With respect to operator performance, several lines of
               investigation are being pursued as a result of this event.
               The goal of this investigation is to identify areas where
               enhancements will result in improved operator performance.
               Specific areas of interest include:

               o    Event Reconstruction.  In the interest of obtaining a
                    complete, clear understanding of a significant plant
                    event, Operators should be debriefed as soon as
                    possible.  Although individual debriefings were
                    conducted by operations management, a full crew
                    debriefing was not conducted in a timely manner.  The
                    delay in conducting a full crew debriefing will be
                    evaluated and appropriate guidance developed
                    regarding the timeliness of these interviews.

               o    Procedures.  The AOP for turbine and generator trip
                    contains requirements related to verification of
                    generator trip.  This procedure, AOP-0002, has been
                    revised to improve the procedural guidance for
                    positive verification of reverse power conditions.
                    Procedure Enhancements identified during review
                    included revision of AOP-0001, "Reactor Scram," to
                    improve the turbine trip verification, and SOP-0080,
                    "Turbine Generator Operation," to provide a caution
                    on turbine/generator motoring.

               o    Training.  The crew's understanding of the issue of
                    the fast/slow transfer of station loads was not clear
                    and the simulator modeling and associated training
                    was incorrect.  Simulator modifications have been
                    implemented to correct deficiencies.  Training has
                    been provided during the last licensed operator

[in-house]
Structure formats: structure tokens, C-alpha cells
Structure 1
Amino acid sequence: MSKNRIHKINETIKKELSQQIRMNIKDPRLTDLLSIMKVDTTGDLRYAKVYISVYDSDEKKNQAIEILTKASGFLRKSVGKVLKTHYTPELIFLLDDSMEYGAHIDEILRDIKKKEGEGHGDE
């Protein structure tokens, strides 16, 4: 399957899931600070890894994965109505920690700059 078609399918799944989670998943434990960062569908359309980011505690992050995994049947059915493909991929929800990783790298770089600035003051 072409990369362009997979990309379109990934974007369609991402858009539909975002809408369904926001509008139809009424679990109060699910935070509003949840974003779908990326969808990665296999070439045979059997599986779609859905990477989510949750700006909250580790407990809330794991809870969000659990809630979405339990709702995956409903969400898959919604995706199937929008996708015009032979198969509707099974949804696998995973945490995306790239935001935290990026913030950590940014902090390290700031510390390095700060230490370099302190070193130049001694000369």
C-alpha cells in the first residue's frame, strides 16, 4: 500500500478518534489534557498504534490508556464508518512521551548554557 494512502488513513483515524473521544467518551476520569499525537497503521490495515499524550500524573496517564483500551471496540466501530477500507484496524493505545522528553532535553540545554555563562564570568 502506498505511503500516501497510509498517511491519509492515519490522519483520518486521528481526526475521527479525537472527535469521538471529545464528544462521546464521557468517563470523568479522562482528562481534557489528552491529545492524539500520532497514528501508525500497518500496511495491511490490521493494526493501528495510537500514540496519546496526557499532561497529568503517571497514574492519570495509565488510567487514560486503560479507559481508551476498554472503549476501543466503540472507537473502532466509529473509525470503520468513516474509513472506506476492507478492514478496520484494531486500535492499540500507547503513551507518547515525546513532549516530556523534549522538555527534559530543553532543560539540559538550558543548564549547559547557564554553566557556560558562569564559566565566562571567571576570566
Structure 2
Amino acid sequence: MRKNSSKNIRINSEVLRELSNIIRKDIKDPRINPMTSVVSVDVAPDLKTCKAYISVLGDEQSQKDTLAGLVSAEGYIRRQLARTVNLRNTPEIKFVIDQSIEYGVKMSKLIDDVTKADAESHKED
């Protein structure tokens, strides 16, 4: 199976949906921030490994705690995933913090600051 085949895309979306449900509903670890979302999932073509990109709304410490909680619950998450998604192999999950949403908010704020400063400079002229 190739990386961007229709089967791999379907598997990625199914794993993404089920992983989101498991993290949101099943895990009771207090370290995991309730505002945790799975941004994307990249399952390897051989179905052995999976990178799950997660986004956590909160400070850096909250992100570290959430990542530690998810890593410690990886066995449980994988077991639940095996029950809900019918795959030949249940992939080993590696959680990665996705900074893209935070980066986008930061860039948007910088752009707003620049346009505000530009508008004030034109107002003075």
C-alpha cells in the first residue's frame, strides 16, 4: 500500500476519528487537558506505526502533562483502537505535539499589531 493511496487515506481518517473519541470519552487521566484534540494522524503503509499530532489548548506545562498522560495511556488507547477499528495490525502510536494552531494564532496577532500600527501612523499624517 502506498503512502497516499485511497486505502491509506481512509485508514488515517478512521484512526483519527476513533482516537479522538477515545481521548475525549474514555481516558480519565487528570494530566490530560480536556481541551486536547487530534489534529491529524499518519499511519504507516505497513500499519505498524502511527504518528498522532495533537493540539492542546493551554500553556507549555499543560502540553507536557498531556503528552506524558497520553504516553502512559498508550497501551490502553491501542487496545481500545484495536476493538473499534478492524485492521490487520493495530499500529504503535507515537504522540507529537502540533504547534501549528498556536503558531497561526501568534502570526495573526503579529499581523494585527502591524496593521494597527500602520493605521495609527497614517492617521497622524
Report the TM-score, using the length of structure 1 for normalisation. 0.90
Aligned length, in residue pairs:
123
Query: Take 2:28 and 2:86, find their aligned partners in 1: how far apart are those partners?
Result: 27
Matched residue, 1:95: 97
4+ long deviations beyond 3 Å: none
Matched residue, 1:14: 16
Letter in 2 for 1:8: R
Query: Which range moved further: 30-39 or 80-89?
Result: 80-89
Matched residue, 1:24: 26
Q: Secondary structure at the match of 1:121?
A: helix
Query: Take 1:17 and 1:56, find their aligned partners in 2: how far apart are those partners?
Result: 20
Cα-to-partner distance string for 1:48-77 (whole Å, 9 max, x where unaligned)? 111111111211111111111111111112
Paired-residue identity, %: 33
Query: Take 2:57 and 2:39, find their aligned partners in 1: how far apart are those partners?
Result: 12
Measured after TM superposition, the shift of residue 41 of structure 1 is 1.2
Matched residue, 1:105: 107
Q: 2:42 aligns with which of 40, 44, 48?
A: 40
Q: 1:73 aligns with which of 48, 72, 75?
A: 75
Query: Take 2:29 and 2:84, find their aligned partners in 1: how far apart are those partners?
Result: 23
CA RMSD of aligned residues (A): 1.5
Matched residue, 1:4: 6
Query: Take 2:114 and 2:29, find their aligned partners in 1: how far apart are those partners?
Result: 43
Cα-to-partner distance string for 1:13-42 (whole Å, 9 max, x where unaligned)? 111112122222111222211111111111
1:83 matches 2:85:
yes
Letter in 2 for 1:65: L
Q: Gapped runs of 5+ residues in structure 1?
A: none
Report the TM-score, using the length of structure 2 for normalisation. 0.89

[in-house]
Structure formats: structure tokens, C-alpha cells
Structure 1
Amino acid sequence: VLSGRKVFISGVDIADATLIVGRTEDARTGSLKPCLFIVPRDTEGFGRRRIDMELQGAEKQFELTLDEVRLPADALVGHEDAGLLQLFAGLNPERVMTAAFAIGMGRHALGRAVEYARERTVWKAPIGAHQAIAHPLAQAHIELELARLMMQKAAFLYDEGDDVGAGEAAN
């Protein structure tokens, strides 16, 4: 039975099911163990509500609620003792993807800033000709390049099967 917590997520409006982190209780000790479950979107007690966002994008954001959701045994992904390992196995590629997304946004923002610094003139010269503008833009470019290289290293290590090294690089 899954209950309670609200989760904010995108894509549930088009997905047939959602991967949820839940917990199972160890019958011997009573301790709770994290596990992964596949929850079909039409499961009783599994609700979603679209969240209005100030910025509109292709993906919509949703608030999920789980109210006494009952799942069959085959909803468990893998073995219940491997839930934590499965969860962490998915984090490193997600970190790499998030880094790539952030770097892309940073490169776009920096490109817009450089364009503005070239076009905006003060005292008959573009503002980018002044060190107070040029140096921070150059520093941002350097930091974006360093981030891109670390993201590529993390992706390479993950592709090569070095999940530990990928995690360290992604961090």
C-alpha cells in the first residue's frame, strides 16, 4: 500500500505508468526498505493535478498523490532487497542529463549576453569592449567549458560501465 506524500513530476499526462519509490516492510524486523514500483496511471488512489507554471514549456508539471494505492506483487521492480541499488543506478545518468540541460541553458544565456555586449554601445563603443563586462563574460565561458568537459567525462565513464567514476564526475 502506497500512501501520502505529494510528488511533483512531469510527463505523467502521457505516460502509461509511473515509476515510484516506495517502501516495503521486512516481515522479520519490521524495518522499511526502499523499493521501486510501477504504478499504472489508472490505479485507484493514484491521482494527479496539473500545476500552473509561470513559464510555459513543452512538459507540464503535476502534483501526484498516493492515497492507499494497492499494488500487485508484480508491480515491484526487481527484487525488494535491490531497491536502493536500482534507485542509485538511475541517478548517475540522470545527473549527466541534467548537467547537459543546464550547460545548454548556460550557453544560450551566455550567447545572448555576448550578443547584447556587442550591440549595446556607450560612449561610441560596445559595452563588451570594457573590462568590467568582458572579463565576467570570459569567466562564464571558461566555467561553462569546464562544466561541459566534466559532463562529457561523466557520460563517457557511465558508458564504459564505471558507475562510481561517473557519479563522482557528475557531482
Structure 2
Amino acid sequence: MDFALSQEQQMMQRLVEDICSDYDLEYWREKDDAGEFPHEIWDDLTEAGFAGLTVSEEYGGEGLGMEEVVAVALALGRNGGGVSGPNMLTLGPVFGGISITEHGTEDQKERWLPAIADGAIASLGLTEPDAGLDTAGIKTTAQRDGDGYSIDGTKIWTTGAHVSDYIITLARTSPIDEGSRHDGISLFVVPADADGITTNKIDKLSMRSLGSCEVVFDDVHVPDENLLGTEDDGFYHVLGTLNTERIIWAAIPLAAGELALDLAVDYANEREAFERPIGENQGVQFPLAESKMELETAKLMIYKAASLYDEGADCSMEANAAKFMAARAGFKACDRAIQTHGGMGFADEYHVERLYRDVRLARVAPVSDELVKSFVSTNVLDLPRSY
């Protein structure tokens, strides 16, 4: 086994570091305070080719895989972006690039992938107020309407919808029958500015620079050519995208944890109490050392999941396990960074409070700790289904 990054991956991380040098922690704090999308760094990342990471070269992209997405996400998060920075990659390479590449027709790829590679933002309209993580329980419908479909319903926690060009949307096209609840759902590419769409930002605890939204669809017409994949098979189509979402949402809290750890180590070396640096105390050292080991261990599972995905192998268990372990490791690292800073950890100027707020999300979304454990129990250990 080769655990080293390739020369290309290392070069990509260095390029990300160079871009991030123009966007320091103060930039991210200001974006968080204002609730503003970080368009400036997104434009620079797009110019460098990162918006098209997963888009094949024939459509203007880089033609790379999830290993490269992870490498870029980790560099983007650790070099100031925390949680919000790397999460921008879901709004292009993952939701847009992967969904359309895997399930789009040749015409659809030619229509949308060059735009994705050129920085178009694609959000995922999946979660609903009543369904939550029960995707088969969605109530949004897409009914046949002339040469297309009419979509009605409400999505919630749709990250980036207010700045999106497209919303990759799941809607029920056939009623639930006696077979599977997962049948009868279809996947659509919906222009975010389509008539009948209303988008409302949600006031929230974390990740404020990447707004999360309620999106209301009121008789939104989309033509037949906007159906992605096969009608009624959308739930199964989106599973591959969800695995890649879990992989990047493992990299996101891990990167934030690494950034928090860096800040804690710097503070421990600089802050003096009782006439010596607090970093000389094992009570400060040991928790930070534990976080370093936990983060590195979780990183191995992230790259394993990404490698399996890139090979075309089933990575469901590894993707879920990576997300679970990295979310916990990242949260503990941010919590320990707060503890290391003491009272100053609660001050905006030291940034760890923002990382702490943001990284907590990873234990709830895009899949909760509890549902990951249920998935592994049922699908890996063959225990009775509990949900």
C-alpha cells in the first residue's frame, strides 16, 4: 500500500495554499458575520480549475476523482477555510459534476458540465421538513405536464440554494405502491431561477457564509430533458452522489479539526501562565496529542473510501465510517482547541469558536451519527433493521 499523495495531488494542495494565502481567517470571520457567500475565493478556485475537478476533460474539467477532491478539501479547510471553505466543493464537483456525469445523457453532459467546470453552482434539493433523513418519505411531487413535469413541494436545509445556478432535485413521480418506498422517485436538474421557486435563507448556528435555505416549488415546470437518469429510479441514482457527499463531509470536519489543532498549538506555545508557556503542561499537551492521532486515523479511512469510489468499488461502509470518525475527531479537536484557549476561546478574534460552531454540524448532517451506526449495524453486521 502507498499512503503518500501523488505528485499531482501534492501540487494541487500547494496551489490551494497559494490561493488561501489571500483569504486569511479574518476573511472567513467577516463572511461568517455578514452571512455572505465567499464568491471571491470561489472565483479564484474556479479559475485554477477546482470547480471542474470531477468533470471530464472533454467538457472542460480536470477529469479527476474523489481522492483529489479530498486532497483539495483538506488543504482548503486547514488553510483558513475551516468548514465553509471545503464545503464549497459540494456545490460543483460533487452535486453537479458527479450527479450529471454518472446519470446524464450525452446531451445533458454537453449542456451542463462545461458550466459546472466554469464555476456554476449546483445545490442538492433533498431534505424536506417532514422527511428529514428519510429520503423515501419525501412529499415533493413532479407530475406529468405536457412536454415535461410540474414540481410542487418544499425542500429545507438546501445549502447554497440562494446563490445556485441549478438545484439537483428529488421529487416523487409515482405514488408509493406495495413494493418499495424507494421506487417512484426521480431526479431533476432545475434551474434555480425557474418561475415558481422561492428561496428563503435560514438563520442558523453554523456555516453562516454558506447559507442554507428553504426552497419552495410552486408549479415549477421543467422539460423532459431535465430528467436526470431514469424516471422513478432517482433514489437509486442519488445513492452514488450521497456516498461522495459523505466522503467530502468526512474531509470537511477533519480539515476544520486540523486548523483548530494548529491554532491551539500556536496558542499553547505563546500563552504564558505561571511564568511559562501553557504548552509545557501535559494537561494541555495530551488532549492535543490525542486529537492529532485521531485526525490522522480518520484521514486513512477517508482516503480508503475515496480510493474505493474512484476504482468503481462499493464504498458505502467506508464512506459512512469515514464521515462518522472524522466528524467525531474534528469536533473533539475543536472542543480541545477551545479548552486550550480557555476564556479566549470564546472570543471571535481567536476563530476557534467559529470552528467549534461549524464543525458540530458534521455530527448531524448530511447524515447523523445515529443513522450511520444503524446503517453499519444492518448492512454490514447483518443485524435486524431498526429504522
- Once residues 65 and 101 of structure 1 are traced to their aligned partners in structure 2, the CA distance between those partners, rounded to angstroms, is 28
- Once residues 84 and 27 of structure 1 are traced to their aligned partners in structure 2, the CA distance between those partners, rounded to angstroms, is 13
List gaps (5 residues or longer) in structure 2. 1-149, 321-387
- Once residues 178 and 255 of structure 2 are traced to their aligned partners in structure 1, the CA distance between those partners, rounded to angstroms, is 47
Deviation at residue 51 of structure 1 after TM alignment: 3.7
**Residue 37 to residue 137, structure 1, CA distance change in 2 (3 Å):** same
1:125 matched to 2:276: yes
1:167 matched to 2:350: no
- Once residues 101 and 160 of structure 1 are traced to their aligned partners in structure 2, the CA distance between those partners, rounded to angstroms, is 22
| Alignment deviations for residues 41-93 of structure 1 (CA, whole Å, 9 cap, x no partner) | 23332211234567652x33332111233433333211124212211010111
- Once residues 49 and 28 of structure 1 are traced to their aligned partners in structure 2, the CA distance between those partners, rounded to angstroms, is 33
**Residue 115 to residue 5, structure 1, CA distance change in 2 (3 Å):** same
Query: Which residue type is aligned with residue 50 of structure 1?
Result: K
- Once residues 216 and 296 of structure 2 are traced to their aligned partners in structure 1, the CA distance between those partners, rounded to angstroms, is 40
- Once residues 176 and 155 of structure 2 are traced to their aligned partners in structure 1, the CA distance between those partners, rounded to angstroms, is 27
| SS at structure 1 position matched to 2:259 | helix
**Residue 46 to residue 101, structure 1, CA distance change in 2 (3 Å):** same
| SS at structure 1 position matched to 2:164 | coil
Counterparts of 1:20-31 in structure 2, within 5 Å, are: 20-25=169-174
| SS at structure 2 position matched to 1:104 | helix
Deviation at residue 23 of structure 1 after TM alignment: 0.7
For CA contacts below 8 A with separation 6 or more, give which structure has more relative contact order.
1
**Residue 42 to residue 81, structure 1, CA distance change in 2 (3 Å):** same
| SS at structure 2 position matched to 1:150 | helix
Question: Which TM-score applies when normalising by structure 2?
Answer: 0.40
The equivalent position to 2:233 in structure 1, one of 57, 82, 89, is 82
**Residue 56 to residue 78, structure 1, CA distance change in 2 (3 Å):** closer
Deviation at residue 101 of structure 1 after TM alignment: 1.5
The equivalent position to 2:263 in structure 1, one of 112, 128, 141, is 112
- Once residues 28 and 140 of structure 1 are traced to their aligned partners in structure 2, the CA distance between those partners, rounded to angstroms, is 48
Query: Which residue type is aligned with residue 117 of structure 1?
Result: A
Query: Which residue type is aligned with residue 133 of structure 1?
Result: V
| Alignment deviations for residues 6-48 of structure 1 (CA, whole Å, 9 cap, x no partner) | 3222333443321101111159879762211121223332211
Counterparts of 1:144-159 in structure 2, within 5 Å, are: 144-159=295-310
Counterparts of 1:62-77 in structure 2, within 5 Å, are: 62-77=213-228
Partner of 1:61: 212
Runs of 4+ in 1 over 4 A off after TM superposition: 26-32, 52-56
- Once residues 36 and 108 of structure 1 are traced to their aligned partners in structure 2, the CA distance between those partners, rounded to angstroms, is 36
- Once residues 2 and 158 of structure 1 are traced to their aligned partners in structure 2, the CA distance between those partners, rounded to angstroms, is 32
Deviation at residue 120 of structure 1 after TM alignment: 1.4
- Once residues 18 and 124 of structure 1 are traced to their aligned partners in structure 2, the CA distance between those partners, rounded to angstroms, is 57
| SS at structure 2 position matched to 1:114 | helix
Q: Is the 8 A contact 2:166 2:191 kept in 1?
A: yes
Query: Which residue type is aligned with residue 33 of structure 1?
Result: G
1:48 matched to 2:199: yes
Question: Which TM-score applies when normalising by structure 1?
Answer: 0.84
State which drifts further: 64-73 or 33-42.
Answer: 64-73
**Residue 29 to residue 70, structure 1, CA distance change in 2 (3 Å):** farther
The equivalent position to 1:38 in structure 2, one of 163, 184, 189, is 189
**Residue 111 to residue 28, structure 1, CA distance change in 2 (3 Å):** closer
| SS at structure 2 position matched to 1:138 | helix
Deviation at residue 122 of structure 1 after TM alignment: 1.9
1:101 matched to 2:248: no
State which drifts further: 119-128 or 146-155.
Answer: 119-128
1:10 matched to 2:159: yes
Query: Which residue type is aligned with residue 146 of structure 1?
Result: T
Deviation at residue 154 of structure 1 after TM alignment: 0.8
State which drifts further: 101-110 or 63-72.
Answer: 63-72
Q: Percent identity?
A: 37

requalification module concerning the procedure
                    changes to AOP -0001 and AOP-0002.  In addition, a
                    simulator scenario has been developed which requires
                    operator action to manually open the generator output
                    breakers following failure of the generator reverse
                    power/anti-motoring trips.

TEXT                                                        PAGE 16 OF 18

4.3            Generator Response

               Both reverse power relays were recalibrated to maintain
               the phase angle of each at its setpoint with the tightest
               tolerance attainable.  Improvements in the applicable
               maintenance procedure, MCP-1005, are being considered.

4.4            Transfer to Offsite Power

               To improve the indications available to the operators for
               evaluation of the reverse power condition and determining
               when to trip the generator output breakers, the SPDS
               system graphic display in the control room has been
               upgraded to indicate negative megawatts.  This display
               will allow operators to monitor reverse power conditions.

4.5            RCIC Turbine Trip

               The governor valve stem has been replaced with a new stem
               having an aluminized coating for increased corrosion
               resistance.  Washers of the proper material have been
               installed, and periodic monitoring of the stem resistance
               is being performed, pending further evaluation of
               monitoring data.

4.6            Motor Qperated Valves

               Corrective actions being implemented for SWP*MOV40A are:

               o    The damaged wire and lug were replaced and
                    repositioned to avoid rubbing.

               o    Nine (9) additional SMB-00 actuators were identified
                    and have been inspected for similar lug
                    configurations on contacts LS-1 and LS-9.  No
                    additional problems were identified.

               o    Maintenance procedures will be revised to include
                    guidance on proper positioning of wires landed on
                    contacts LS-1 and LS-9.

TEXT                                                        PAGE 17 OF 18

               River Bend Station is implementing a preventive
               maintenance program action plan with a focus on
               reliability centered maintenance (RCM), and prioritization
               by Maintenance Rule system and component importance.  The
               predictive and preventive maintenance tasks for non-safety
               related valves will be addressed in the context of this

4.7            ERIS and SPDS

               The services building power inverter, 1BYS-INV06 has been
               restored to service.  Replacement of the ERIS system is
               being evaluated.  This evaluation will also address
               concerns with the ease of retrieval of historical data
               from past events.

4.8            Noble Gas and Tritium Sampling

               To prevent recurrence, Technical Specifications
               3/, Table will be revised to remove